I have this minor problem with people where I hate them and want to hurt them with my movies. My idea of perfection is a film seen by millions which personally insults every individual audience member, but in such a way that they focus on laughing at every other type of person the film makes fun of rather than dwelling on their just exposed shortcomings.
I may have almost achieved this with Grown Ups. The film isn't quite perfect - it doesn't make fun of Asians or retarded people, for instance - but it hits a wider swath of humans than I have ever previously dreamed of.
Grown Ups tells the story of five childhood friends who played together on a championship-winning little league basketball team. They are finally brought together again when their coach dies. In order to fulfill his last wishes, they all agree to stay in a cabin for the weekend to spread his ashes at his beloved lake.
Right off the bat, you might be making a couple incorrect assumptions from this plot setup. For instance, you might think these guys all loved their coach and feel sad about his passing. Not true. At his funeral, they all crack up laughing at the one guy who actually shows affection for the man. You also might think these guys all harbor some kind of nostalgic fondness for each other. This is also not true. I repeat: at their coaches funeral, they all crack up laughing at the one guy who seems capable of showing affection. These are not nice people (except for the one they all laugh at); they are sociopaths.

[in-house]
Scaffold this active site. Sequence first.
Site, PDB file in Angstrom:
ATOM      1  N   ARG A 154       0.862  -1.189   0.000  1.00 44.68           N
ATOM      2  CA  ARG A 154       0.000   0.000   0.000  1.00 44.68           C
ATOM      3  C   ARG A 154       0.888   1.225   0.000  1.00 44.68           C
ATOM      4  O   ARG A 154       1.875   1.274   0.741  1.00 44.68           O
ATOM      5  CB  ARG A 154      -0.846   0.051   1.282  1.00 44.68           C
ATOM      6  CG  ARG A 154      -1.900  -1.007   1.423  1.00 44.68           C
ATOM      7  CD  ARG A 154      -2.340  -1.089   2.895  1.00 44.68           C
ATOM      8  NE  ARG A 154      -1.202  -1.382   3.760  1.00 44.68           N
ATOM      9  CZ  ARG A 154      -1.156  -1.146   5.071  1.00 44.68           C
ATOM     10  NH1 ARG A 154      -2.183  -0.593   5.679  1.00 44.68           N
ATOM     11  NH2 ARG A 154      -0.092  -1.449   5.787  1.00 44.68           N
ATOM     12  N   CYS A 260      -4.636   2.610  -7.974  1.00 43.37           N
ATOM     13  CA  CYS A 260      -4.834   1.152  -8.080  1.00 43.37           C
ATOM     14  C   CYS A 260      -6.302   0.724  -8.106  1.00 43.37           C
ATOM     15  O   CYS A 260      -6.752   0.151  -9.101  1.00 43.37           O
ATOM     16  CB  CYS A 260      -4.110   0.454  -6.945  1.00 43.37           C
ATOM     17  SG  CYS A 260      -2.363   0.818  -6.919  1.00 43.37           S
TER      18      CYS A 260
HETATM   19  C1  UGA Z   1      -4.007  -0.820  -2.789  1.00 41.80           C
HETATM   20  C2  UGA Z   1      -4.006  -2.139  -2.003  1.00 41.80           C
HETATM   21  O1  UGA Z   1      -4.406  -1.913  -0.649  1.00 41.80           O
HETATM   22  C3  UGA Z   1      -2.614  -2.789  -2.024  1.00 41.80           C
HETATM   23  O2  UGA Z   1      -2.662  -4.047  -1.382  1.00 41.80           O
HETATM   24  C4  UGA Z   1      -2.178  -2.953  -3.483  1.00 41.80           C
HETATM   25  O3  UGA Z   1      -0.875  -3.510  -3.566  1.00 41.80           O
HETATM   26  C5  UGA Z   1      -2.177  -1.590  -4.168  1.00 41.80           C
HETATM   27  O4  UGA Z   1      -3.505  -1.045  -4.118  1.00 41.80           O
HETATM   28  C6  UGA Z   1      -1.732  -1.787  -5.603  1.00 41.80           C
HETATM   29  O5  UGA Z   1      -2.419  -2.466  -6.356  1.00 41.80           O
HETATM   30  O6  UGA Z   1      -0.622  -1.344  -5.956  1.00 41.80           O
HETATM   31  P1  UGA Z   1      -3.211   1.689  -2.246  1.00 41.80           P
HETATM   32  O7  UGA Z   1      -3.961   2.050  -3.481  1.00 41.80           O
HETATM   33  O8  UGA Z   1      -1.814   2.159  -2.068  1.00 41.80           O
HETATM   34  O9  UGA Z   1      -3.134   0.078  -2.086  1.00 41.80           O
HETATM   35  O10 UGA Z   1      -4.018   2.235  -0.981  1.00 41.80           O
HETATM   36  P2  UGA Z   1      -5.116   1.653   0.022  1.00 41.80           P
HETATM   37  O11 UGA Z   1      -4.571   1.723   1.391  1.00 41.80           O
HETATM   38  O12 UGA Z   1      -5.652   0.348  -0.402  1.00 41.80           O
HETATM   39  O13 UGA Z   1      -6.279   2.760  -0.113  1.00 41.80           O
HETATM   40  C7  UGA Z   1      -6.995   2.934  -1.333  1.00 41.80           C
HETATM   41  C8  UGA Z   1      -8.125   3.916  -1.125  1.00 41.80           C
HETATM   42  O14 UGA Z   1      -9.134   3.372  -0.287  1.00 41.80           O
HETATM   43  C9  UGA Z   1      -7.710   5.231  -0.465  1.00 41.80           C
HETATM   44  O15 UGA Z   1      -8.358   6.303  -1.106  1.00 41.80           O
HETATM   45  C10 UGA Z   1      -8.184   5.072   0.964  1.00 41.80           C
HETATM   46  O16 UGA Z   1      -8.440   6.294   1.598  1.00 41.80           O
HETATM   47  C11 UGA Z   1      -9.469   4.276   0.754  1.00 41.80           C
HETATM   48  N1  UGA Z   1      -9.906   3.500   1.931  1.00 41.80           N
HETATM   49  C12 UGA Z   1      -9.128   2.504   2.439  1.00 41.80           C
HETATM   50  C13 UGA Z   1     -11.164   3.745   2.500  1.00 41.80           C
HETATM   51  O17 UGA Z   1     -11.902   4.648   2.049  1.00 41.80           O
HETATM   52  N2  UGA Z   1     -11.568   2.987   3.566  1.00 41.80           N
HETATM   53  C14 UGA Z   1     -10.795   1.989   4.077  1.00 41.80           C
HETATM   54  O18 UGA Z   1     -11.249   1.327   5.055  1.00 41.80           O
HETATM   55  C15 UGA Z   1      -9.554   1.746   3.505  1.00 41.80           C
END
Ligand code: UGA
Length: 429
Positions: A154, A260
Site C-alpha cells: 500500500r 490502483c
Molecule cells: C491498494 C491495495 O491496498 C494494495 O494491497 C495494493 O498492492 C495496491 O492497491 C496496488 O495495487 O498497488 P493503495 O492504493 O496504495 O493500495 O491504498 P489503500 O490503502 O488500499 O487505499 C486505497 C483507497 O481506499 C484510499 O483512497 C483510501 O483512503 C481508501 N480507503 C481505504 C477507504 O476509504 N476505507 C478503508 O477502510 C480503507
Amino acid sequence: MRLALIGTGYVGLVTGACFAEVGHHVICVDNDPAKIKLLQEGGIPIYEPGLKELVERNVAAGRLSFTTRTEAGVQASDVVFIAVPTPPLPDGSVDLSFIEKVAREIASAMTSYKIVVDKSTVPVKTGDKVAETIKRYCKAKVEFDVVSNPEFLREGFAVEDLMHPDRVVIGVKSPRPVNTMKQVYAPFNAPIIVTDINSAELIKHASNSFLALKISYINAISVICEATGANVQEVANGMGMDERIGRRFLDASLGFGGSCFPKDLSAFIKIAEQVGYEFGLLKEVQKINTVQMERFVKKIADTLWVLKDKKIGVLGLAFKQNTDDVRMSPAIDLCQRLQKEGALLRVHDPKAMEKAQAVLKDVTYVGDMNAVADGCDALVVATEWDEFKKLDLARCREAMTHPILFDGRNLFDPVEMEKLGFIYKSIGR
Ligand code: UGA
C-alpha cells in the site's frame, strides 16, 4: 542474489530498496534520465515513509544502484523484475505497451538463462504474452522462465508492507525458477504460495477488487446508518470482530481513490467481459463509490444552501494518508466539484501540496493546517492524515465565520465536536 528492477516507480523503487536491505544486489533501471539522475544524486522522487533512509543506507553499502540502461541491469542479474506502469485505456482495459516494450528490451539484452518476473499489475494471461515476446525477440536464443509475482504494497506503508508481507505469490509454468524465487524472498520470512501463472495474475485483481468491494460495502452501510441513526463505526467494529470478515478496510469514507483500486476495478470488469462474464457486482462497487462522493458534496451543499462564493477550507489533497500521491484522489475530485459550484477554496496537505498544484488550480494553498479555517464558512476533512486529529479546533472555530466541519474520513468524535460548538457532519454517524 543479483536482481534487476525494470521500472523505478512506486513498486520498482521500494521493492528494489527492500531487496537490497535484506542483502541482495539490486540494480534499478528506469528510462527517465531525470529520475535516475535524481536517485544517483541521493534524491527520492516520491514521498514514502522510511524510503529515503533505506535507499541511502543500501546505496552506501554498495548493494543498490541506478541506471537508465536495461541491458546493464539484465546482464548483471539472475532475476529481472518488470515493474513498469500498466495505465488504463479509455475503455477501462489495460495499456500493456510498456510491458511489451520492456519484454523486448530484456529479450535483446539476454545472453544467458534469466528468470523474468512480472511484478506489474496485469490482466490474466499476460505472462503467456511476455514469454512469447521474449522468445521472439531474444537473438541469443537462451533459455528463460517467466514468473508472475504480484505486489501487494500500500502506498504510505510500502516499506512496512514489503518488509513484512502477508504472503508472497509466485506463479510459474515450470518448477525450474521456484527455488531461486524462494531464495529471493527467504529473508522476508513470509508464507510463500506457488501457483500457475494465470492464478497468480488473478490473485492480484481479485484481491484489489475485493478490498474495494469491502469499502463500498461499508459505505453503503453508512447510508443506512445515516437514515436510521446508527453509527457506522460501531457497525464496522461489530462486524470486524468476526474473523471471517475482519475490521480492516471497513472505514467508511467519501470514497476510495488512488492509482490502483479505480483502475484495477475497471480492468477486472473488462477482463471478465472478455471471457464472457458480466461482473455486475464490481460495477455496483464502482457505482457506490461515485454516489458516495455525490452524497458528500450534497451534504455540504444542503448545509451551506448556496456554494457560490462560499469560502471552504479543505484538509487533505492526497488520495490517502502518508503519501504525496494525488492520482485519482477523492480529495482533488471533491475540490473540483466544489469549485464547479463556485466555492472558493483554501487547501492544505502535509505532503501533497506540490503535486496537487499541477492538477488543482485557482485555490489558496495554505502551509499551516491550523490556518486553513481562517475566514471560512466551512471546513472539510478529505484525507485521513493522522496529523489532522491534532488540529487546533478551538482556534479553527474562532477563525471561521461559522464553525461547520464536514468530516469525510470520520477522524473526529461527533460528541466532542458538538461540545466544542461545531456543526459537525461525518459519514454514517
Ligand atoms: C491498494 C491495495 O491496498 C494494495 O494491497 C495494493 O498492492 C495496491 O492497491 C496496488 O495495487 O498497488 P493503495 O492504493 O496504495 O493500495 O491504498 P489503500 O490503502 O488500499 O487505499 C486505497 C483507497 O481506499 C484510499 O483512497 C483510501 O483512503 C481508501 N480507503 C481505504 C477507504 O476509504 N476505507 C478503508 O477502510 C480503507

But that's okay, because they each deserve to be hated for various reasons, as does the world around them. For instance, the one played by Jamie Kevins is fat. Obviously, any jokes he suffers due to his weight are his own fault. If he didn't want people to laugh at him, he shouldn't have eaten all that food.
He also has a wife who won't sleep with him and two awful kids who act like assholes. We are led to understand that these woes come from the fact that his wife breast feeds his children well beyond a socially acceptable age. Obviously, there's only one way for a mother to raise children, and any deviation from that norm is akin to catching someone eating their boogers.
Chris Rock plays the black guy, which allows the film to make fun of white people. But we don't want white people to feel threatened either, so he is also his family's stay at home mom, allowing us to laugh at him, too. He has two kids and one on the way with his working wife Maya Rudolph. He also lives with his overweight mother, who supplies the film with yet another fat person to laugh at. We need two because one is too much of a movie star for fart jokes. She also has bunions which make her big toe swollen and huge. If she didn't want us laughing at her, she should consider farting less and having a doctor look at that foot.
Then there's David Spade (played by Kurt Cobain). He's a bachelor. I'm honestly not sure if we're supposed to be laughing at him or not. He looks and acts like a loser, but given all the awful families everyone has, he kind of comes off as the smartest of the bunch.